He made good money: “In all petitioner received wire transfers totaling $3,227,501 to his bank account in Thailand during 2012.” Id. That’s just under $8,000 per visa approval. That’s a huge amount for Vietnamese to pay, considering the average annual income is around $2,100. To hide his bribery activity he bought lots of property in Thailand.
Then he got caught, convicted, and ordered to pay restitution. To do that he agreed to forfeit his Thai properties to the government. The government allowed him to sell them and he did so, at a loss.
SMH moment: Mr. Sestak attempted to deduct the real estate losses as a §165(c)(1) loss incurred in a trade or business. He argued that just because his business was illegal did not mean his expenses or losses were non-deductible per se. See Commissioner v. Tellier, 383 U.S. 687 (1966)(taxpayer allowed to deduct legal expenses for defending criminal conviction because legal payments were ordinary and necessary to any business, including illegal ones). The Tax Court easily rejected that argument. You can almost see Judge Weiler sadly shaking his head as he writes: “allowance of a loss deduction in this case would undermine the impact of the sharply defined policy against bribery of a government official. Accordingly, ...Tellier [is] inapposite to the case here.” Op. at 11.
3. Too Much Kool-Aid
The IRS is prohibited from labeling tax protestors “tax protestors.” I’m not. Still, I prefer to call them hobbyists. Everyone needs a hobby and we live in a country where people are free to pursue all kinds of hobbies and beliefs. Do you want to believe that California forest fires were deliberately set by laser canons from space? Go right ahead. Do you want to believe the earth is flat? It’s your constitutional right and you can go build a rocket to prove it.
Do you want to make it your hobby to protest income taxes? You can join up with loads of like-minded folks.
But you still have to accept the consequences of your actions. Some consequences are imposed by the law of physics. A rocket going up must come down. Other consequences are imposed by the laws of Congress.
In Daniel Metz v. Commissioner, T.C. Memo. 2022-33 (Apr. 7, 2022) (Judge Weiler), the taxpayer was a structural engineer who failed to report millions of dollars of unreported income over a nine year period (2000-2008). He justified his non-compliance by what the Court calls “common tax-protester arguments.” Op. at 14. As part of his hobby he created various business entities and used them to write himself bi-weekly checks, then had the entity send in fake 1099’s to hide the non-reporting. It turns out he was really bad at it. He was eventually caught and convicted of tax fraud by a jury.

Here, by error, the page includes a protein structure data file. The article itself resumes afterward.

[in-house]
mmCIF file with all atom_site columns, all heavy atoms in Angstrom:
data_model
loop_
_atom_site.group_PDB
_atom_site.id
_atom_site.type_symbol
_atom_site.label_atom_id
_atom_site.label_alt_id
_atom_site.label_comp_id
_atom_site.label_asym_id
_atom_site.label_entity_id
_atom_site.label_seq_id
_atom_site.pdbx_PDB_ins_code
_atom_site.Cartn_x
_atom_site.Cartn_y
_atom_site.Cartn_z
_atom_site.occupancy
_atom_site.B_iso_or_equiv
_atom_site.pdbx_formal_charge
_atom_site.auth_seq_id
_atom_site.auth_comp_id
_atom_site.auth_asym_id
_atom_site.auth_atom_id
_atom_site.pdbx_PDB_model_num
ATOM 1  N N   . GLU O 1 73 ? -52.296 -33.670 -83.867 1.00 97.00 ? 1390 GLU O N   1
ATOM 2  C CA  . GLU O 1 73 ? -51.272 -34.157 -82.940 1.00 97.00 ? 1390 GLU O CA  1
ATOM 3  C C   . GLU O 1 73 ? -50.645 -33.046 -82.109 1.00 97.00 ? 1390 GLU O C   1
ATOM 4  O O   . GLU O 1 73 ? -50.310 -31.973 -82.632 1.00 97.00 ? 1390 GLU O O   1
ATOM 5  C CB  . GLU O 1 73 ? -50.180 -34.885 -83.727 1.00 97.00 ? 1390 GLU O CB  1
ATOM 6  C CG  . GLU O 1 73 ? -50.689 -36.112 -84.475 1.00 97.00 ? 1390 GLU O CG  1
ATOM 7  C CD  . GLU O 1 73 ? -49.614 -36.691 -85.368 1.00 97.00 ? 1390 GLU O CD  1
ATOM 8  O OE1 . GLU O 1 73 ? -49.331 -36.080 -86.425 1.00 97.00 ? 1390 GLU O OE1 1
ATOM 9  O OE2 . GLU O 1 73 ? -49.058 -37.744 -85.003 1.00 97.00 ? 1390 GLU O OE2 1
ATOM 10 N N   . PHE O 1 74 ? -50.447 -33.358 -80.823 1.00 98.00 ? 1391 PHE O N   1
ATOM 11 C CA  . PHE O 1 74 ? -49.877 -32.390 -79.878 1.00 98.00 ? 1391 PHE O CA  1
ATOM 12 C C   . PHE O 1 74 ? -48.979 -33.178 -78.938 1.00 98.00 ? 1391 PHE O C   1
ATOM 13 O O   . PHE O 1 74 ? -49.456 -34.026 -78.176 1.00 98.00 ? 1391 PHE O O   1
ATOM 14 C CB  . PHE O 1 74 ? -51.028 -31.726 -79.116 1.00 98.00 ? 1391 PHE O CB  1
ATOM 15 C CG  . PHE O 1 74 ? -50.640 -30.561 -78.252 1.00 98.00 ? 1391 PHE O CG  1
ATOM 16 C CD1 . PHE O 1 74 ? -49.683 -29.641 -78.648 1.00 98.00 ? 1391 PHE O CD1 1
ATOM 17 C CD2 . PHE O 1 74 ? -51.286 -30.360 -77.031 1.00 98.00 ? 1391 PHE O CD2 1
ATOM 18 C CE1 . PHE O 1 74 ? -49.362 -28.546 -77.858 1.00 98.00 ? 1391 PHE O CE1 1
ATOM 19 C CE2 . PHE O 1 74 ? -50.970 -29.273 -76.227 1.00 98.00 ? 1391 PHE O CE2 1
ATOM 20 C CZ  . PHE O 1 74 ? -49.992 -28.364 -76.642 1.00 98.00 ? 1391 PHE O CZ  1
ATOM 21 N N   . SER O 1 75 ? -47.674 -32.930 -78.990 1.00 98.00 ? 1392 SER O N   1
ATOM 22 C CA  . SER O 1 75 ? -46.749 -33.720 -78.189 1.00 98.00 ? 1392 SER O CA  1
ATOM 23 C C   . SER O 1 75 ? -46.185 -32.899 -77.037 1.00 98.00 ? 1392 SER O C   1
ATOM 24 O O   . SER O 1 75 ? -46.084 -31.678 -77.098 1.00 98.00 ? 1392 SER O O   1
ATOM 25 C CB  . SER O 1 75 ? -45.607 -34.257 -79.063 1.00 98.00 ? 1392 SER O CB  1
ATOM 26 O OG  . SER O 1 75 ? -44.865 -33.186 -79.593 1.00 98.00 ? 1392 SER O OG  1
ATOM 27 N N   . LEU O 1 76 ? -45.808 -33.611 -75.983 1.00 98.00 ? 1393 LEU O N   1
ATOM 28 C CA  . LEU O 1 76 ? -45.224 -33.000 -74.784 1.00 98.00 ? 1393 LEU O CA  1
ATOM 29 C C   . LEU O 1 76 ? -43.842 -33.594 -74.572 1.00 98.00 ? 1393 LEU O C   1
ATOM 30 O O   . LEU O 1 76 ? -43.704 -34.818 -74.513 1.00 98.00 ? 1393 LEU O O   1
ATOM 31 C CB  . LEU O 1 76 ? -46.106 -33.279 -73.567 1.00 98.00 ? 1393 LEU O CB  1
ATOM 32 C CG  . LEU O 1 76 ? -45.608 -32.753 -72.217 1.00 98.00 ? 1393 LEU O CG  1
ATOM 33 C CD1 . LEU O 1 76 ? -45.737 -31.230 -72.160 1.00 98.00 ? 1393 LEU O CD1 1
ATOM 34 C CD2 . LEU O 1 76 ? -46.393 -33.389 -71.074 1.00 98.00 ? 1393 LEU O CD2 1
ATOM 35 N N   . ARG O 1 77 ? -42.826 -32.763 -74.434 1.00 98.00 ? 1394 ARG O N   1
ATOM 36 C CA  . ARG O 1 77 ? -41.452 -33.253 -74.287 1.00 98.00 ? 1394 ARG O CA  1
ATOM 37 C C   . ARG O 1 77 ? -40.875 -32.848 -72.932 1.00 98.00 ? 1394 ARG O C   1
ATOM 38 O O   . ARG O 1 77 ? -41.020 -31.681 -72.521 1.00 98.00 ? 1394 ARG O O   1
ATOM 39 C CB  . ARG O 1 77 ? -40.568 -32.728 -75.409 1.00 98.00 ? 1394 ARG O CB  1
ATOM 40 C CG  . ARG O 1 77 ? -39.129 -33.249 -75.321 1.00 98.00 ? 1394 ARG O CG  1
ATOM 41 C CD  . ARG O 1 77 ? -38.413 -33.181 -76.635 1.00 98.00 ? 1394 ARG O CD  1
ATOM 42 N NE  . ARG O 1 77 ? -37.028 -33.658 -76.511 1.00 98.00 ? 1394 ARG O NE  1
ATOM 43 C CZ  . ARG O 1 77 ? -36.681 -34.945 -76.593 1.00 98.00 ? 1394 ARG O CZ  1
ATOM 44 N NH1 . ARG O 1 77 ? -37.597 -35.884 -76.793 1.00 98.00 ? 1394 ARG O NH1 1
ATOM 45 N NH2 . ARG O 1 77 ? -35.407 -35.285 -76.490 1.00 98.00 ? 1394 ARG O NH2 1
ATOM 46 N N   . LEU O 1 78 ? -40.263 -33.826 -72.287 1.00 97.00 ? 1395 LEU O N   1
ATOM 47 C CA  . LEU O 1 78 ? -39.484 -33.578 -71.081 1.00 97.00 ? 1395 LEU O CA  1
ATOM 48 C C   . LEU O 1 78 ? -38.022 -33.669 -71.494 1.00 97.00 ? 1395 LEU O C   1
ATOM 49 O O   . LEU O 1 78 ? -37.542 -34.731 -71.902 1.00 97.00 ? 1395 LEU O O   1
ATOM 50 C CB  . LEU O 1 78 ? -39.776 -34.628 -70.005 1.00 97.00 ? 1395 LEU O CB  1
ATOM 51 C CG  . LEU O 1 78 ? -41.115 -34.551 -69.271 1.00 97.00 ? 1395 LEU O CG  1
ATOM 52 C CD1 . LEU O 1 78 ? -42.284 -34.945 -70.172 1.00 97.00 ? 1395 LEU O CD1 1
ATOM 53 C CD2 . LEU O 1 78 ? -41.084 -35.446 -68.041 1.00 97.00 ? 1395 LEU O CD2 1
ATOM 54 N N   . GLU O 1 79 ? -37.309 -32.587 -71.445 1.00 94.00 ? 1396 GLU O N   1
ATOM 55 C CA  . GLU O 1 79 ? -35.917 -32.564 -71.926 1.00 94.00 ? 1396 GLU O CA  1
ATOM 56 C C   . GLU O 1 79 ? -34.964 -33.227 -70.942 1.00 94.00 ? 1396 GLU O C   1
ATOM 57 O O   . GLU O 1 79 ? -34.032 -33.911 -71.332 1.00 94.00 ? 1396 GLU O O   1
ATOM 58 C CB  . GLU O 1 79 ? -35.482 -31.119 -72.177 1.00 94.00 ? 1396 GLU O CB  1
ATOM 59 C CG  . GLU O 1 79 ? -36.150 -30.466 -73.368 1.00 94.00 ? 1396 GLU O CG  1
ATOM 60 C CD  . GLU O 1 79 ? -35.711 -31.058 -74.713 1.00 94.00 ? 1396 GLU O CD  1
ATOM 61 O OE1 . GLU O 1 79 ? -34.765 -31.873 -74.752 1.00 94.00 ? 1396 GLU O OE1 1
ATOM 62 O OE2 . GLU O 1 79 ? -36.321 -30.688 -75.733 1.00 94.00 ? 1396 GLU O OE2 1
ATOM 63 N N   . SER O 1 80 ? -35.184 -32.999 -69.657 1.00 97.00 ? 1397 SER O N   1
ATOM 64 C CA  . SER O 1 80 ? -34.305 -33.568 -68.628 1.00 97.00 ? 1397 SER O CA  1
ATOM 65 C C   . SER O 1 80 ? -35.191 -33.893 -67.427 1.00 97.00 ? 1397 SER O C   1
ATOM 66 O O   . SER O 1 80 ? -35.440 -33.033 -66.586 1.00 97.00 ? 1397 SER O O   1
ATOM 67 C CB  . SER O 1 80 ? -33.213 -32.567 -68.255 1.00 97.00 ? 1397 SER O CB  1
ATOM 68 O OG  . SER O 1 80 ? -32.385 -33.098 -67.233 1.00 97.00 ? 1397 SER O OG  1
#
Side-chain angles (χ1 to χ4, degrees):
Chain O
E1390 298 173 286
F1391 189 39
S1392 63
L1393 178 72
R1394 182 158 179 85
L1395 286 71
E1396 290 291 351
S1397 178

SMH Moment: Mr. Metz was just as ineffective in Tax Court in arguing about the civil tax liability. The SMH moment for me came when he tried to argue the checks he wrote himself were not wages. He tried to testify in Court that they were dividends. He apparently forgot that he had written these checks to himself regularly every two weeks and “most of the checks referenced pay periods in the memo sections.” Op. at 6. Truly I tell you, that tax protestor Kool-Aid rots the brain.
4. Tibetian Monks Made Me Do It
In Gregory J. Podlucky and Karla S. Podlucky v. Commissioner, T.C. Memo. 2022-45 (May 5, 2022) (Judge Lauber), Mr. Podlucky spent his time between 2003 and 2006 siphoning off more than $30 million from a corporation he controlled. He used the money to indulge his passion for toy trains, to indulge his wife with fancy jewelry—including bracelets, necklaces, diamond rings, and very expensive designer watches—and to indulge both of them with a custom-built six bedroom, nine bath mansion. He stored the illicitly purchased jewelry in a secret room he had constructed inside his corporations headquarters building. To enter the room, one had to “walk through a small metal door, lift a rug, and crawl.” Op at 5.
Yes, he was convicted of tax evasion. And then, unrepentant, he attempted to contest the civil liability in Tax Court. Meanwhile, Ms. Podlucky, apparently indulging in fantasy, attempted to obtain spousal relief under §6015.